Mass General Brigham provides lab outreach testing at several hospitals in the Boston area, including Massachusetts General Hospital (1,019 beds), Brigham and Women’s Hospital (812 beds) and Newton-Wellesley Hospital
(273 beds). Total estimated annual lab outreach revenue from the physician office market is $75 million.

Beth Israel Lahey Health operates its biggest hospital-based outreach
labs at Lahey Hospital and Medical Center Burlington (345 beds), Beth
Israel Deaconess Medical Center (743 beds) and Winchester Hospital (194 beds). Total estimated annual lab outreach revenue from the physician office market is $60 million.

CAP Has “Serious Concerns” with UnitedHealthcare’s Z-Code Rollout

CAP Has “Serious Concerns” with UnitedHealthcare’s Z-Code Rollout

CAP Has “Serious Concerns” with UnitedHealthcare’s Z-Code Rollout

The College of American Pathologists (CAP) has sent a letter to Optum requesting a meeting to discuss its partnership with Palmetto GBA and UnitedHealthcare’s new Z-code requirement. CAP and Optum are in the process of scheduling the meeting, says Jonathan Myles, MD,
Chair of CAP’s Council on Government and Professional Affairs.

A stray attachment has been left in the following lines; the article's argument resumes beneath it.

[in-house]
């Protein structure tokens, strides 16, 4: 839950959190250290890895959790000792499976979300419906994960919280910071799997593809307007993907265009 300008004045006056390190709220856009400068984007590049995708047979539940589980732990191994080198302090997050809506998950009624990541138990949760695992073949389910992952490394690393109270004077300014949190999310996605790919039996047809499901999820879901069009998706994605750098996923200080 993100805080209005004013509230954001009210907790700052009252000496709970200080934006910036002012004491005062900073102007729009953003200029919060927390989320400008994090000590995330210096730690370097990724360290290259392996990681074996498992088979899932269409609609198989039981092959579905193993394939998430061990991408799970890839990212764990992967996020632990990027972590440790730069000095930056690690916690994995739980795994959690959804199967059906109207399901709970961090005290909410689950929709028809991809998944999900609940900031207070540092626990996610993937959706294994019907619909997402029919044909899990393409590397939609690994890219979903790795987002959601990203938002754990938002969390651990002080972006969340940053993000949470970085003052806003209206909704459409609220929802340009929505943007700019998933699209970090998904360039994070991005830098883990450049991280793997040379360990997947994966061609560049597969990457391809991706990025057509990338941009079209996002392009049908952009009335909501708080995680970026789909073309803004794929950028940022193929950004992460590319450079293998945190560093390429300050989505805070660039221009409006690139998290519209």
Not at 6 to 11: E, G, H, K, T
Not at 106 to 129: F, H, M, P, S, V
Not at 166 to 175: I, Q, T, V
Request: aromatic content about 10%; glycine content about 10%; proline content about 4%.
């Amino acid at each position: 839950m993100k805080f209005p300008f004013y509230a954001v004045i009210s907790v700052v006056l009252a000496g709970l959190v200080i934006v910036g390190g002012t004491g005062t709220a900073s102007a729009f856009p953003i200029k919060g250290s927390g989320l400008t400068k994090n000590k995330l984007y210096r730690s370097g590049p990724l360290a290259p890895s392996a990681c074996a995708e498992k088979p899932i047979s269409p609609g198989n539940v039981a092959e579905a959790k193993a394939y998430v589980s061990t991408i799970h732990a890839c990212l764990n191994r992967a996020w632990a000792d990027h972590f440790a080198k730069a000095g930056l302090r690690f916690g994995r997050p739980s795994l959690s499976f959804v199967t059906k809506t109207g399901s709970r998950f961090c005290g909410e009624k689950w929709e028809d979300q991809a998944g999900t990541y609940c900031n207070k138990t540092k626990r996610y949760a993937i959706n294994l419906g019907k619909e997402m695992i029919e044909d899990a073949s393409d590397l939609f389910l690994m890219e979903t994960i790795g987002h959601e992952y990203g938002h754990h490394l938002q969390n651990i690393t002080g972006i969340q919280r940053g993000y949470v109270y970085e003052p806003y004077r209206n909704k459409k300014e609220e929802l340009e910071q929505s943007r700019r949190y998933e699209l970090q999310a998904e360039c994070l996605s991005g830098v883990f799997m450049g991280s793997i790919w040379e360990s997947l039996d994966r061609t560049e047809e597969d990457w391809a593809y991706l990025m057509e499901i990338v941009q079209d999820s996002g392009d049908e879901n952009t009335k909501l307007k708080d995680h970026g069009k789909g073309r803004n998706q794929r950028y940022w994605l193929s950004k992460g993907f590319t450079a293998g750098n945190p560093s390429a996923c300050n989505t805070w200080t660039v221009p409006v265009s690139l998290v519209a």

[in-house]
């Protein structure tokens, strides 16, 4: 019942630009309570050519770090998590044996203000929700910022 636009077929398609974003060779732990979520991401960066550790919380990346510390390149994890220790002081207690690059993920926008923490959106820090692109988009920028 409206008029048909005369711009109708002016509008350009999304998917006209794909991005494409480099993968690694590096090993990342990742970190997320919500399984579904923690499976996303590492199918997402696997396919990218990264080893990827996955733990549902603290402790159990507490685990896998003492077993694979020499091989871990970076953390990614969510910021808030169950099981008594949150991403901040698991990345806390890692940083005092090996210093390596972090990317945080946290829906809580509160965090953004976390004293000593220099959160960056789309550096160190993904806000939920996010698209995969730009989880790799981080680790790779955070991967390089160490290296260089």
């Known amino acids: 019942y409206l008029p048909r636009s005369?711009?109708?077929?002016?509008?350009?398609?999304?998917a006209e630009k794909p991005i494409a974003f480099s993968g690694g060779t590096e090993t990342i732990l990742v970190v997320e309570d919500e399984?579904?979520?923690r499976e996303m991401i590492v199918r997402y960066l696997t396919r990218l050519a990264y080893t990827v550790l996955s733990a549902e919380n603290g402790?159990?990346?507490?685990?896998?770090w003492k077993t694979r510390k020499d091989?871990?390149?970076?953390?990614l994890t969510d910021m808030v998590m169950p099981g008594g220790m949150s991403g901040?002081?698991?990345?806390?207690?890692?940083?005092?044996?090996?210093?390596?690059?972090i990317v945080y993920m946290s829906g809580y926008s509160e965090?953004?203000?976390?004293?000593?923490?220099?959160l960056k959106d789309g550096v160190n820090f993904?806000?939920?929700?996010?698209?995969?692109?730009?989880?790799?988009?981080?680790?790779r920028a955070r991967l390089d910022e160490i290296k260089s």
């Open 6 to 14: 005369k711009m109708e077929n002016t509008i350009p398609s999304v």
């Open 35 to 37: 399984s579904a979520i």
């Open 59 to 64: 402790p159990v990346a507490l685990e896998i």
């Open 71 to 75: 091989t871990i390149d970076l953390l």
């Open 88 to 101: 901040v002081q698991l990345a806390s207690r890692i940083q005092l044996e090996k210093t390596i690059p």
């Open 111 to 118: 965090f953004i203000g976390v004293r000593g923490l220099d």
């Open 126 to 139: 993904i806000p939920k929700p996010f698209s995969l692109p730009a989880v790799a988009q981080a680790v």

Myles notes that HIPAA designated AMA CPT as the official code set for use in claims, and CAP made the argument back when the Z-codes first started that it violated HIPAA to require the use of an alternative code set. Only CMS (HCPCS level II codes) or the AMA (CPT codes) may develop code sets for laboratory services under HIPAA. If a provider desires to file an electronic
health care claim, a health plan must accept such a transaction that is filed in HIPAA standard format. Furthermore, only HIPAA-approved code sets may be required by a plan in connection with electronic health care claims, adds Myles.

Myles maintains that the existing CPT Editorial Panel has the infrastructure and capacity to process code requests on a quarterly basis, provide transparency and offer a public forum at regular intervals several times a year. This process would be the appropriate method for insurers to address any issues with information on specific tests without adding further requirements and reporting complexity.

CAP has requested that Optum and UHC remove Z-code requirements.